"We know that Australia like to, at times, go away from the flat attack that we’ve all been so used to seeing them do over the last few years. We’ve seen from time to time that, with line-speed, they’ll sit back that little bit deeper and entice you to come that distance that you don’t want to come and they’ll pick you off on the edge. We felt that it was a gamble that wasn’t quite on the money there.”

To a degree, Farrell agreed this was a collective failure in communication. “He’s got a winger that’s just sitting off a little bit and becomes disconnected. The communication, they say, was there but obviously not communicated well enough.

I suppose the crowd noise, etc, has something to do with that. I thought Iain Henderson was doing pretty well on the inside and I’d back our players to make good decisions and at this level you’ve got to nail them 100 per cent. We were slightly off. Robbie is normally one of the best in the world.”

Had Henshaw’s read come off, it is a great read. “It is and you applaud it, but he didn’t. We didn’t and they got on the edge of us. How do we learn from that? Probably in how we get to the space as a collective is something that we’re working on.”

The Ireland squad during Tuesday’s session at St Kevin’s School in Melbourne. Photograph: Dan Sheridan/Inpho

The disallowed Israel Folau try from a turnover, when Kurtley Beale shimmied acrossfield and drew in three forwards _ James Ryan, Tadhg Furling and Sean Cronin _ also demonstrated the need for Ireland to transition quicker and more effectively from attack to defence.

“Obviously don’t give them access in the first place, but those type of things happen,” said Farrell. “This is top, top level Test match rugby, playing in Australia against one of, if not the, best attacking side in world rugby. From time to time you are going to get your front-row in a position where they won’t want to be and, at this level, they are going to have to deal with it.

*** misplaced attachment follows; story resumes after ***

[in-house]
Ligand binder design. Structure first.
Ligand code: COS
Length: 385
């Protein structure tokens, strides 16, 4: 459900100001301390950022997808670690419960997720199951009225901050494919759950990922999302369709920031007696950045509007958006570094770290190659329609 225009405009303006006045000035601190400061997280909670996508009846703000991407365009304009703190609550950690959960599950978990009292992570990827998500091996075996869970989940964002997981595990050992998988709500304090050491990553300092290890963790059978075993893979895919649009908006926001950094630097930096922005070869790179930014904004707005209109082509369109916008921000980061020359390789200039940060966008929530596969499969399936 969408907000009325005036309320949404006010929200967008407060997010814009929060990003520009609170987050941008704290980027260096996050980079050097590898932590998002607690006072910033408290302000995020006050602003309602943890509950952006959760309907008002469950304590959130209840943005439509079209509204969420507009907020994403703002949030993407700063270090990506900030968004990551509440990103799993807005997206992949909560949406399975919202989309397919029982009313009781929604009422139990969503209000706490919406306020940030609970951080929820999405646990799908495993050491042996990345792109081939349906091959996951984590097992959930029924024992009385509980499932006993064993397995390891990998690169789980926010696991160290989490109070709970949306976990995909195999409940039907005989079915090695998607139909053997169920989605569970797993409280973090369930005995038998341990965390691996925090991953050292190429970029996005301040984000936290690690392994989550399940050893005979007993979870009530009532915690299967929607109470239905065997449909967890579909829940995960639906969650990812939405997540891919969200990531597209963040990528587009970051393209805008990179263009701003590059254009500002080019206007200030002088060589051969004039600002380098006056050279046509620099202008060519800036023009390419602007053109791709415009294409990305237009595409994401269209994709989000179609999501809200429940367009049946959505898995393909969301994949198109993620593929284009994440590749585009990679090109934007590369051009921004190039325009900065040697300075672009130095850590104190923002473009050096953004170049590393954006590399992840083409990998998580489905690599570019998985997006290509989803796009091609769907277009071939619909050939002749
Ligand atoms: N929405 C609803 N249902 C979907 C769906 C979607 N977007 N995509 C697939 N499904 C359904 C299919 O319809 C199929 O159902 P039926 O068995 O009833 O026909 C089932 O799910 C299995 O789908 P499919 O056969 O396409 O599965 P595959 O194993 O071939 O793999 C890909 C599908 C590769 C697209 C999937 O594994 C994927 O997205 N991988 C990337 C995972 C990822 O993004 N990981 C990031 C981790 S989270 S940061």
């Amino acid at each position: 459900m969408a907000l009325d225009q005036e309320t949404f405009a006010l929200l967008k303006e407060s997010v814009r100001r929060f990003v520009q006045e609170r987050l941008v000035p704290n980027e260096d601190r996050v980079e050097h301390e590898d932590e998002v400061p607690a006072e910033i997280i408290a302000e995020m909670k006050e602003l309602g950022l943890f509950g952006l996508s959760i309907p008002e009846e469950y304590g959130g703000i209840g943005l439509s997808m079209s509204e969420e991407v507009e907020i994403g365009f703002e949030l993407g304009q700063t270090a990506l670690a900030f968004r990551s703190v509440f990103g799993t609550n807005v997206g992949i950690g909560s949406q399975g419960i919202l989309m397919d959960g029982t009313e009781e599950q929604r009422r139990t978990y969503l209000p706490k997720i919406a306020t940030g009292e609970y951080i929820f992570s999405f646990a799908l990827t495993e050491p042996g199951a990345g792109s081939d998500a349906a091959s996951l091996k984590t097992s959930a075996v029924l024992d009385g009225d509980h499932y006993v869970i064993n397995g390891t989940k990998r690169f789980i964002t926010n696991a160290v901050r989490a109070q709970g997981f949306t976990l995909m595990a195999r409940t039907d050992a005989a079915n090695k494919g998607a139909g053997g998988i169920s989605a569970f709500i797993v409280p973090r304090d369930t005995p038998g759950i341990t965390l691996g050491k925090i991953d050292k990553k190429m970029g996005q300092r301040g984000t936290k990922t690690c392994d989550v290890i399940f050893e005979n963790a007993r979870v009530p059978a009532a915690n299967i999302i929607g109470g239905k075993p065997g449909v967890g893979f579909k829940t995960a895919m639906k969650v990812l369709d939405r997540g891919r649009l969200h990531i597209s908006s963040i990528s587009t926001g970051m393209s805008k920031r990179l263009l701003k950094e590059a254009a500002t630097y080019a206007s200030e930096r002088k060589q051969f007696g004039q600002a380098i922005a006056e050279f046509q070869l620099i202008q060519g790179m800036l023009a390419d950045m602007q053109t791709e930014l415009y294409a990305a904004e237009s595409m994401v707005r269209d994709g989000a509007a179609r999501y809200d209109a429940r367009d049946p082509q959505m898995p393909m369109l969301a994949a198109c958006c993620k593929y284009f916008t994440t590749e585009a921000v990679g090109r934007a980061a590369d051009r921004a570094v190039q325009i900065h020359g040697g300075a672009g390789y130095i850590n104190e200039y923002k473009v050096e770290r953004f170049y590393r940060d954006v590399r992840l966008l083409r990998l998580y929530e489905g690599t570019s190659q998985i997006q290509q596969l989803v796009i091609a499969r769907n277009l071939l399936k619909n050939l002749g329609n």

“We had plenty of numbers on our feet, we were a bit slow to react to the turnover; we didn’t quite react quickly enough to the outside to see what was going on. We were a couple of seconds behind and when you’re a couple of seconds behind you’re not being proactive in your defence.

“We had good enough numbers on our feet, but we backed off on an edge and when you back off and you have the pace of Kurtley Beale floating across, trying to pick off people who are knocking off slightly, that’s what happened.”

Then there’s Folau’s peerless aerial threat, a tactic which in the aftermath of the first test, Beale said would be continued.

“Obviously, they had a plan and it was a great plan and they backed themselves with it. Is it a 50-50 when the ball’s in the air with him? Probably not, he’s so good at it,” admitted Farrell.

“But there are certain things that we can do with it, you can say that you can get pressure on the kicker and we can but there are times when they are so deep that you can’t get there anyway. But it was the accuracy of how we got into the air sometimes, we let him dominate the space more than he should. He had it a little bit too much his own way.

“They position him very well and their attacking kicking game is in accordance with that. We can recognise better and make it more of a contest. Is it 50-50? Probably not, but we can make sure we’re around for the scraps if not.”